Written by Step Above Stigma's Chapter Coordinator, Haley Sturrock.
School can be overwhelming; I’m sure you have all felt that before. Feeling pressure from school and pushing yourself to do your best is healthy, it’s what you expected at University, but at what point does this become unhealthy? At what point are you allowing your mental health to deteriorate as a result of the pressures of your courses or your degree? This question can be answered differently for each student.
Personally, I know that I can get to a point where I am so preoccupied with being overwhelmed, that I can lose perspective of the bigger picture. I take care of my physical health by eating well, sleeping enough (well mostly) and exercising regularly. I also take advantage of some of the amazing resources Queen’s offers students. What I’d like to share today, however, are some tips and coping strategies that I’ve developed over my last two years of my undergrad.
Tip #1: Eliminate ‘school’ from ‘non-school’ times.
I find it challenging to relax sometimes even when I have chosen to take a break from school. I find it extremely hard to let go of school related stress, especially during times of the year when courses are picking up. To help with this, I have deleted the outlook app on my phone. This eliminates unwanted school interruptions like emails or OnQ notifications when I am not focusing on school work. Good-bye stress of being out with friends and getting an unwanted notification that ‘the due date is 2 days away’! I’m sure all Queen’s students have experienced that notification. I always knew I had that assignment due, and had allotted time to finish it, but getting that notification made me feel like I should be working on it at that moment.
Another strategy that I find helpful, is to agree not to talk about school for the night when I am with my friends. Occasionally there are times when it’s important to talk with your friends about your courses, or rant about the amount of work you have to do, but choosing to have discussions about anything but school can be quite refreshing and allow you to truly enjoy the company of your friends.
Tip #2: Know what works for you.
Knowing what works for you and how you will have the most productive day can help minimize stress. During mid-term and exam season, I know I need to plan my days to get the most work done possible. I have a general routine that has proven time and again to work for me. My most productive day looks like this: I have a large study block from around 8am-2pm with small breaks in between. After 2, or when I start to feel drained, I take a long break to go to the gym or go for a run outside, take a shower and eat dinner. By this time, I generally feel refreshed and am ready to do some more work. Knowing how you can perform optimally can help you plan and feel slightly less overwhelmed. Everyone has a different routine that works for them so try new strategies and test out what works best!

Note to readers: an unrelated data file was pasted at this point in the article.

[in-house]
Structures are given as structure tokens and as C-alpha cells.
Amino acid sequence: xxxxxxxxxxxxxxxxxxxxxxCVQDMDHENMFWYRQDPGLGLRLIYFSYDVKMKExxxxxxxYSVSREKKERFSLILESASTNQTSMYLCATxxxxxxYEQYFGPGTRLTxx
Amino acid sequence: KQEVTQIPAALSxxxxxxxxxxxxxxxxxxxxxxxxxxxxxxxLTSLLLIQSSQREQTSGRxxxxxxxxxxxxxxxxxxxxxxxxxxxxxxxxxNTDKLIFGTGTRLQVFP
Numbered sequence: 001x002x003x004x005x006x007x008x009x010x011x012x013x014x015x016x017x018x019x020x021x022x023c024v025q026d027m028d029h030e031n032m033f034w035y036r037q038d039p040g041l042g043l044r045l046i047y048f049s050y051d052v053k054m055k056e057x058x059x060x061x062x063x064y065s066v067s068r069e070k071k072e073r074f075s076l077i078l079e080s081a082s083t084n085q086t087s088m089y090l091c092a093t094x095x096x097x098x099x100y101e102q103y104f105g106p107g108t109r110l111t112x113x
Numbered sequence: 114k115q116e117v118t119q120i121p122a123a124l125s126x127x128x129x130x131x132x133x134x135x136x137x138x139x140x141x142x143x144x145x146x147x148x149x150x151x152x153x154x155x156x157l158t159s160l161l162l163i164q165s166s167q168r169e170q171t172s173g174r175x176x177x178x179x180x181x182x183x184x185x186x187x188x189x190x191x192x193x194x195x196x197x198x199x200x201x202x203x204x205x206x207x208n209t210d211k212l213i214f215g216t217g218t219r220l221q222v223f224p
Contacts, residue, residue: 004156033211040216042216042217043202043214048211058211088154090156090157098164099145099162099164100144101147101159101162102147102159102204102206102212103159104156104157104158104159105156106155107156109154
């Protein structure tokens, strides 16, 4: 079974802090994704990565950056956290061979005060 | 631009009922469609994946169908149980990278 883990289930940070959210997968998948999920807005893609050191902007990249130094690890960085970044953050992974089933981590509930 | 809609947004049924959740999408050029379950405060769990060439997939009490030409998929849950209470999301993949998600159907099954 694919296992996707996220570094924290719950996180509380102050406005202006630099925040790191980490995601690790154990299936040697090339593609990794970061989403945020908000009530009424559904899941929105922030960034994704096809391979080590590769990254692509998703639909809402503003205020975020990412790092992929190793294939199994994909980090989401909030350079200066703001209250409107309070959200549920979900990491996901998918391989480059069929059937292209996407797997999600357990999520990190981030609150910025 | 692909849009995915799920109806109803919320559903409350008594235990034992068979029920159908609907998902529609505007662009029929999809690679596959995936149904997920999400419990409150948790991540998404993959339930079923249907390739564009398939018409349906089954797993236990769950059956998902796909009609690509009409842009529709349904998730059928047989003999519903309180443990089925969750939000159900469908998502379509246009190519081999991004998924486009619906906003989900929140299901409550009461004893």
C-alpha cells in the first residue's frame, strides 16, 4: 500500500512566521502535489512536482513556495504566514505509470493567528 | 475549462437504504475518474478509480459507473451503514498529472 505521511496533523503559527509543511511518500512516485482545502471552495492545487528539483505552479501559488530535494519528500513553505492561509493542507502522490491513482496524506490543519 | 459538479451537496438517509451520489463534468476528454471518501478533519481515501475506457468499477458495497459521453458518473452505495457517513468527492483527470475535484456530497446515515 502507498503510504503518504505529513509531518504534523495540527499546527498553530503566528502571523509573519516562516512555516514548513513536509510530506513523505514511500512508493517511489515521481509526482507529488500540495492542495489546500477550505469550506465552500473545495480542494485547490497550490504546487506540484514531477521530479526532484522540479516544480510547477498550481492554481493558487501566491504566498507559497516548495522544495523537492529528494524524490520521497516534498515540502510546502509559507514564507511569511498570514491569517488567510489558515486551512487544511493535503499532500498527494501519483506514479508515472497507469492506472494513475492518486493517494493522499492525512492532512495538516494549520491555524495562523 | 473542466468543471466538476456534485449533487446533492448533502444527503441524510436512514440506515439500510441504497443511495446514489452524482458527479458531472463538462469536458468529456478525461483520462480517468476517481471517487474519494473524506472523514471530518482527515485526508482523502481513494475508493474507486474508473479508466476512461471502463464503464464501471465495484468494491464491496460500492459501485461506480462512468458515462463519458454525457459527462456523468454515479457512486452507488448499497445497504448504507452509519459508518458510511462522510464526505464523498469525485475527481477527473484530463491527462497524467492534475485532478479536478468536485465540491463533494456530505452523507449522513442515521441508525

Tip #3: Decide when you are going to study, and when you are not.
Defining dedicated study times and dedicated down times is critical to creating balance in your life and alleviating the feeling of being overwhelmed. Those periods in your day when you are kind of working, kind of not, consume a lot of energy. Try to eliminate these unproductive periods in your day. I like to have very distinct times when I am not focusing on school, whether this be a dinner with friends or a simple study break in the day to watch some Netflix. Removing yourself fully from your school work can allow you to take the break you need and mentally give yourself room to breathe. If you are having one of those mornings where you are sitting at your laptop for hours and not really getting anything done, make the decision to take the morning off. Go do something you enjoy or get some extra rest if you need it. Spending mental energy trying to get yourself to study when you really just aren’t being productive does not help you in the long term. Most often when this happens you feel like you can’t waste any time in your day because you have so much to do, but remember, sitting at your laptop not getting any work done is actually worse for you than taking a break.
Learning to manage the stress we experience at school is important to our mental health as well as our academic achievement. Each of us is unique in how we study, how we handle stress and what strategies will help us along the way. It takes time to figure out what works for you and to be disciplined enough to incorporate them on a regular basis.
As a final thought, I try to remember that there is so much more to my time at Queen’s than the exact courses I am in and the grades I receive. When you are in times of stress, exhaustion, and frustration, remember who you are and why you are here. I am no expert on this, but I am working on it. Academics are important but are not everything, especially as we begin our 2020/2021 school year online, keep tabs on your mental health and the health of those around you. Work hard and set goals but allow yourself to take a step back when you need to and never lose perception of the bigger picture.
Read our blog posts about personal experiences and stories with regards to mental health. Posts written by our team or those passionate about mental health.